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Resistance strength training decreased total cholesterol, HbA1c and glucose levels, while increasing strength and endurance in men with IDDM

ACP J Club. 1991 Jan-Feb;114:19. doi:10.7326/ACPJC-1991-114-1-019

Source Citation

Durak EP, Jovanovic-Peterson L, Peterson CM. Randomized crossover study of effect of resistance training on glycemic control, muscular strength, and cholesterol in type I diabetic men. Diabetes Care. 1990 Oct;13:1039-43.



To evaluate the effect of a program of resistance weight training on lipid, blood glucose, and HbA1c levels, and overall strength in insulin-dependent diabetes mellitus (IDDM).


Randomized, unblinded, crossover trial.


Training sessions took place in a physical therapy clinic in the United States.


8 men with IDDM (mean age 31 y, mean duration of diabetes 12 y) were recruited (the recruitment strategy was not reported). Patients had previously been successfully treated for diabetic retinopathy; otherwise participants had no evidence of microvascular or macrovascular complications or hypertension. Incoming fitness or activity levels were not reported.


Patients received resistance strength training of arms and legs. 1-hour sessions of 40 to 50 sets were held 3 d/wk for 10 weeks. Group A (n = 4) finished 10 weeks of training, then rested for 6 weeks. Group B (n = 4) rested for 6 weeks before 10 weeks of training. Blood samples were drawn 3 times: at baseline, after 10 weeks of training, and after 6 weeks of rest.

Main outcome measures

Lipid profile; plasma glucose and glycosylated hemoglobin; and strength.

Main results

Significant increases in strength (94% in squat, P < 0.001, and 58% in upper-body strength, P =0.002) were measured at the end of the training program. The bench press was the only endurance test to show a statistically significant increase from baseline (P = 0.02). All cholesterol levels decreased (except high-density lipoprotein cholesterol levels) during training but only the decrease in total cholesterol levels reached statistical significance (5.04 mM ± standard deviation [SD] 1.06 mM vs 4.63 mM ± SD 0.081 mM, P = 0.015). Glycosylated hemoglobin levels dropped a mean of 1.1% during the exercise program (P = 0.05). There were 10 occurrences (out of a total of 152 training sessions) of blood glucose levels of < 3.64 mM after exercise, none with reported clinical consequences. Only cholesterol, triglyceride, and insulin levels were reported after the rest period, and these values all increased towards pre-exercise values. No morbidity other than minor soreness occurred.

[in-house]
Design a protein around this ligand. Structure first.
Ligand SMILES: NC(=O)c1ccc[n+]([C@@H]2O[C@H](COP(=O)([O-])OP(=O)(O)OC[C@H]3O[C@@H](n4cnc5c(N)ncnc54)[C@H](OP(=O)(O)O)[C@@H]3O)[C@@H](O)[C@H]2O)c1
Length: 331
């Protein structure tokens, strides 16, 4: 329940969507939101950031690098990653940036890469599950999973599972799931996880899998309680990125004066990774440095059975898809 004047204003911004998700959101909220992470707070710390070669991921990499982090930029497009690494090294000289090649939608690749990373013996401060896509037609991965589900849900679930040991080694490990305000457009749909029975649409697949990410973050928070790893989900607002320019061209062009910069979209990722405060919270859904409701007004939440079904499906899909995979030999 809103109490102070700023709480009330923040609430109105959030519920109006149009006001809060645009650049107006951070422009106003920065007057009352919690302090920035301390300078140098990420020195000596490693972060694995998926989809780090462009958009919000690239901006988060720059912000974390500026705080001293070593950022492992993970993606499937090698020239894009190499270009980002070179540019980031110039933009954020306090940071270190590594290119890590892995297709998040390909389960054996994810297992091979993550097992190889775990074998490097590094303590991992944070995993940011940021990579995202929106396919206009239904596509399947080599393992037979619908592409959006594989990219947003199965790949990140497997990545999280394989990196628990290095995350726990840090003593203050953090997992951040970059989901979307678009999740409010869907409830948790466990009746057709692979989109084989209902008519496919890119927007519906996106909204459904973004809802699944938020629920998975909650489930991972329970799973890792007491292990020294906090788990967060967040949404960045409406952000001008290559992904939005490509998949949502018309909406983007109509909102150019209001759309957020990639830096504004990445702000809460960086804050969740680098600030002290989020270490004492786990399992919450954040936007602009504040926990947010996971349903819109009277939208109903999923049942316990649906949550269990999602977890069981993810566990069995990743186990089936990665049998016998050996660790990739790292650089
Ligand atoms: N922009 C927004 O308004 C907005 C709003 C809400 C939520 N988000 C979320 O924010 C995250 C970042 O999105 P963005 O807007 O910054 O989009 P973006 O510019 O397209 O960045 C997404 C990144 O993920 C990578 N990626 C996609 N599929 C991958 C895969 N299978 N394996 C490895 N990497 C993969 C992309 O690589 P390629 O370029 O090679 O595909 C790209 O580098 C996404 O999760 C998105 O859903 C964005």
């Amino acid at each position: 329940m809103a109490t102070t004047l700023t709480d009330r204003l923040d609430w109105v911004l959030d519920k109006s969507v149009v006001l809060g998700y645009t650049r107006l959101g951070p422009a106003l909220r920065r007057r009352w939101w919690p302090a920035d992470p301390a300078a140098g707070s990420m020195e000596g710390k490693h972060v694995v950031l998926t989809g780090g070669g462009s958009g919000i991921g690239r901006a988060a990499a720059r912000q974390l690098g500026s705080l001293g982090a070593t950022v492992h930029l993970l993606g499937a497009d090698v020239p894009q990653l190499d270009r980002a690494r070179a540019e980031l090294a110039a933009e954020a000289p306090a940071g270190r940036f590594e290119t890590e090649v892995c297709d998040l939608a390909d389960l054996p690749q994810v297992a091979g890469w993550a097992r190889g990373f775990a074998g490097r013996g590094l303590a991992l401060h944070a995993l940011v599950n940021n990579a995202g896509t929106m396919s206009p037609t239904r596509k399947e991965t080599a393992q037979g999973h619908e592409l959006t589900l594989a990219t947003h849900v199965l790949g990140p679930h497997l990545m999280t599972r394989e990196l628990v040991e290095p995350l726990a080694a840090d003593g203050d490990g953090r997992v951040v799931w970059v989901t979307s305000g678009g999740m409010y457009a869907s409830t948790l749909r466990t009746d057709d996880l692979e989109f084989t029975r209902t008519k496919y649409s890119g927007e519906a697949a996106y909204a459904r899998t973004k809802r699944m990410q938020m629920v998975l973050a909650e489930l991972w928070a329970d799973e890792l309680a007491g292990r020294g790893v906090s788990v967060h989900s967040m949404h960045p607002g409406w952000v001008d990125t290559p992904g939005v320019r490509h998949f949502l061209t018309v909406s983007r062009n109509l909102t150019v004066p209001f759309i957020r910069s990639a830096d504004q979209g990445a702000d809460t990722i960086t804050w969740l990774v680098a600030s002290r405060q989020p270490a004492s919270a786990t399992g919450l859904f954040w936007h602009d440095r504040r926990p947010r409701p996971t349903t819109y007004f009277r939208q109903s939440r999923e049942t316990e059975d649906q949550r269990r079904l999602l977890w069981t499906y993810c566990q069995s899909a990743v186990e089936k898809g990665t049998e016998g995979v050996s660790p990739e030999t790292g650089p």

A supervised, heavy-resistance, strength-training program for men with insulin-dependent diabetes mellitus increased strength and endurance and decreased total cholesterol levels, glycosylated hemoglobin, and self-monitored glucose levels.

Source of funding: Valeo, Inc. and Vallhalla Scientific.

Address for article reprint: E. P. Durak, Sansum Medical Research Foundation, 221 Bath Street, Santa Barbara, CA 93105, USA.


Previous studies, cited by Durak and colleagues, have shown lower insulin levels and lower glucose responses to oral glucose tolerance tests and better lipid levels in nondiabetic persons participating in weight-training exercise. However, in the study by Durak and colleagues, analyses comparing baseline, post-training, and post-resting values for each lipid fraction show no significant lipid changes with training. The significant but small decrease in total cholesterol levels—comparing only the 2 points in time, baseline and after training—occurred to the greatest extent in those with the highest initial total cholesterol levels and thus may represent a regression to the mean rather than a true training effect.

Although HbA1c levels in these patients decreased by 1.1 %, an appropriate "repeated measures" analysis of the 3 periods was not done, weakening the crossover design and the strength of this finding. Although insulin levels and total carbohydrate intake remained the same, lowering of glucose levels in these fairly well-controlled patients could have been caused by the changes within the carbohydrate component of the diet rather than the weight-training effect.

Because the study showed no adverse effects in these patients with well-controlled diabetes and no complications, weight training should not be precluded in these patients. However, one should not advise this training in patients with diabetes who have proliferative retinopathy or uncontrolled hypertension where severe and sudden increases in blood pressure with resistive exercises may cause further damage. Also, patients with glucose values ≥ 13.9 mmol/L (250 mg/L) should not do such exercise until their glucose levels are lower, because at this elevated level of glucose, exercise can increase hyperglycemia.

Donald A. Smith, MD, MPH
Mount Sinai Medical CenterNew York, New York, USA